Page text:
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  • More Than 1,000 American Oil Rigs Have Shut Down In The Last Year

    The U.S. oil rig count is at a five year low as struggling oil companies continue to scale back drilling efforts to combat profit gutting global crude prices.

    Oil companies have idled 1,172 rigs since 2014. The price of oil has tanked more than 60 percent in the last year, costing oil companies more than $100 billion in planned investments, reports Business Insider.

    “The downturn is at 400 days and counting, well over double the previous downturn in December 2008, which was about 150 days,” Geoffrey Cann, national director of oil and gas for Deloitte Australia told the Queensland Petroleum and Exploration Association. “But pricing hasn’t turned around yet, and all the signs suggest that we won’t see a reversal anytime soon.”

    Oil prices continued their trend downward Monday, following last week’s tumble to less than $40 a barrel. It was only the second time since the price crisis began that oil fell under $40 a barrel, prompting warnings from industry experts that prices could soon reach new lows, reports Business Insider. Michele Della Vigna, head of European energy research at Goldman Sachs told BBC radio Monday that their analysts say there is a chance oil slips to as low as $20 a barrel.

    Struggling oil companies will see little relief, as sinking demand is expected to continue wreaking havoc on the energy industry. A global surplus of oil is also keeping prices pinned down, despite the large drop in active rigs. This is partly due to greater rig efficiency in the U.S. from new technology.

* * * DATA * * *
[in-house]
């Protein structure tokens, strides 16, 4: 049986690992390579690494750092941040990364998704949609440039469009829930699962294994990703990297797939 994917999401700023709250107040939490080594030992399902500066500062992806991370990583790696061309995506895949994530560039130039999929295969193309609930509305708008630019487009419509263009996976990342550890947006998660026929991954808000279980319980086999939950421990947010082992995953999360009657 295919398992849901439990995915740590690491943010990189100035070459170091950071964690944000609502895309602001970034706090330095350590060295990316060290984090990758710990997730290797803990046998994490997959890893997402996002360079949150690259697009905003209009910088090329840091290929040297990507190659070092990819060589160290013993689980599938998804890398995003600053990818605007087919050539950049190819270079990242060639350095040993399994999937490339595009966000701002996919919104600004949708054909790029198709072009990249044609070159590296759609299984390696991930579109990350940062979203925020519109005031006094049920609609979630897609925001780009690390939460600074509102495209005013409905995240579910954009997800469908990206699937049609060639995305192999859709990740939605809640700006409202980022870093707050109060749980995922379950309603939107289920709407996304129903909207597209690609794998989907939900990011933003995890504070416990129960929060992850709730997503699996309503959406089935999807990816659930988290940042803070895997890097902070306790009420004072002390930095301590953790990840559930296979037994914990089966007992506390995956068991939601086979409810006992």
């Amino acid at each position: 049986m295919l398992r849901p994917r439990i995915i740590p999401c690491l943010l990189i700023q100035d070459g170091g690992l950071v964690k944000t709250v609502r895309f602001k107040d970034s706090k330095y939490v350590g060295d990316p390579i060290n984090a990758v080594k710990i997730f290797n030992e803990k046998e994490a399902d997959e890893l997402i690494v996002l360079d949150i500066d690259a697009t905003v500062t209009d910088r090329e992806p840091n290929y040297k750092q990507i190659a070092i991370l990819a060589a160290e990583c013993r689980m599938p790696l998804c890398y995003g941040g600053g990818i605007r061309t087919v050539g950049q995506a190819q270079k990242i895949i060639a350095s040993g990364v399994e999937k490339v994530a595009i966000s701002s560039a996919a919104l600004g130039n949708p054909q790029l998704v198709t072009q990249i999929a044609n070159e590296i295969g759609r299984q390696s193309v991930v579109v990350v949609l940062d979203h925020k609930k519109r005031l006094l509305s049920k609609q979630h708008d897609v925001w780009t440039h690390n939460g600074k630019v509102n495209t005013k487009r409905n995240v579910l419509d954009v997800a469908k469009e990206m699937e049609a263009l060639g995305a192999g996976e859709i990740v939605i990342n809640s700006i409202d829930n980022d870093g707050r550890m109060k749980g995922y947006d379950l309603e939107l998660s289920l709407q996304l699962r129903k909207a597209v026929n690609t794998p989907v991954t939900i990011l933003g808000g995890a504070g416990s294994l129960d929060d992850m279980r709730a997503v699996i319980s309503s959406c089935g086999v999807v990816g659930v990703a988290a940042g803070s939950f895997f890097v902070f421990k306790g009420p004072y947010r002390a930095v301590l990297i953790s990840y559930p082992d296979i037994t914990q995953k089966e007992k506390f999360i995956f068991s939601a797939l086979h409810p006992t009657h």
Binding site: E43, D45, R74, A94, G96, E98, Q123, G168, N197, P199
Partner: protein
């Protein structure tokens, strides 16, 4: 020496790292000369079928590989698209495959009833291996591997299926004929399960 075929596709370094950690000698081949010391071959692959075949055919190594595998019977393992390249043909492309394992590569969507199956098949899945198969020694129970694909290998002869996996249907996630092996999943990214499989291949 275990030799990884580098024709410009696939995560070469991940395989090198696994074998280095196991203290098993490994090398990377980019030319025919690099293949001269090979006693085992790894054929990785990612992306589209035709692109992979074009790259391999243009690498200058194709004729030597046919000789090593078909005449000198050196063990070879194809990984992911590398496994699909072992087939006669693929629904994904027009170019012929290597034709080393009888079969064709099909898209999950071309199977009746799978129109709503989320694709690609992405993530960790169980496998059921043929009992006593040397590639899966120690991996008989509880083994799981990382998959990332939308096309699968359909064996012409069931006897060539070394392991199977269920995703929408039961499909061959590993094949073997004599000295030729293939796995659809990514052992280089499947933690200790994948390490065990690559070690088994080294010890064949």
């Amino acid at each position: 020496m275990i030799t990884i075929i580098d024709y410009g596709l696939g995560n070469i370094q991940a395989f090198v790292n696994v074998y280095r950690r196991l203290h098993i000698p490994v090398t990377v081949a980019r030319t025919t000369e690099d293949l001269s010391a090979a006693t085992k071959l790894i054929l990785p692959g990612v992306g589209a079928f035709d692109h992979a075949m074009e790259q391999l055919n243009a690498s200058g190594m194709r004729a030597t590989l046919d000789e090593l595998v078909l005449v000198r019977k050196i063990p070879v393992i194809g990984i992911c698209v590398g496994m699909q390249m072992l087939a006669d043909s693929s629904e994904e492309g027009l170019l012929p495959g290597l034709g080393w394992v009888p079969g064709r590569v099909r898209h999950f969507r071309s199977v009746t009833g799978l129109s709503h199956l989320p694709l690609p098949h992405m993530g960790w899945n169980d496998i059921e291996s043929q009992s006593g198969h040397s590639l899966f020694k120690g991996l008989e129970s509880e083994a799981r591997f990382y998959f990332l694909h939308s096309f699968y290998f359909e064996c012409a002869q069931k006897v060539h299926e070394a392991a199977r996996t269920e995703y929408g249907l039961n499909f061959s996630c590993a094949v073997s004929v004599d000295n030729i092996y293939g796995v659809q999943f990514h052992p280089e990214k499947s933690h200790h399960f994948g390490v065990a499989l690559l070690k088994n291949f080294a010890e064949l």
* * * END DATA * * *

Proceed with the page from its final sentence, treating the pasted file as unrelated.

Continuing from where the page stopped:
“Even though the rig count is down by half, you can do more with the half that’s still working,” Rob Desai, an analyst at Edward Jones in St. Louis told Bloomberg.

    OPEC members are struggling with one another for market share, pumping oil at record rates despite shrinking demand. Saudi Arabia has also been driving prices lower to attack the U.S. shale industry, which had spurred an American energy revolution until last year’s oil price drop. Globally, oil and gas companies have lost more than 250,000 jobs since prices plunged below $50 a barrel, reports World Oil.

    OPEC will meet the first week of December to discuss future policy concerning current output levels, however many experts don’t expect any major shift in production. Venezuela’s Oil Minister Eulogio Del Pino warned that oil prices could fall into the mid-$20s if OPEC doesn’t act soon to change course, reports Bloomberg.

    “We cannot allow that the market continue controlling the price,” said Del Pino at the Gas Exporting Countries Forum Summit in Tehran. “The principles of OPEC were to act on the price of the crude oil, and we need to go back to the principles of OPEC.”

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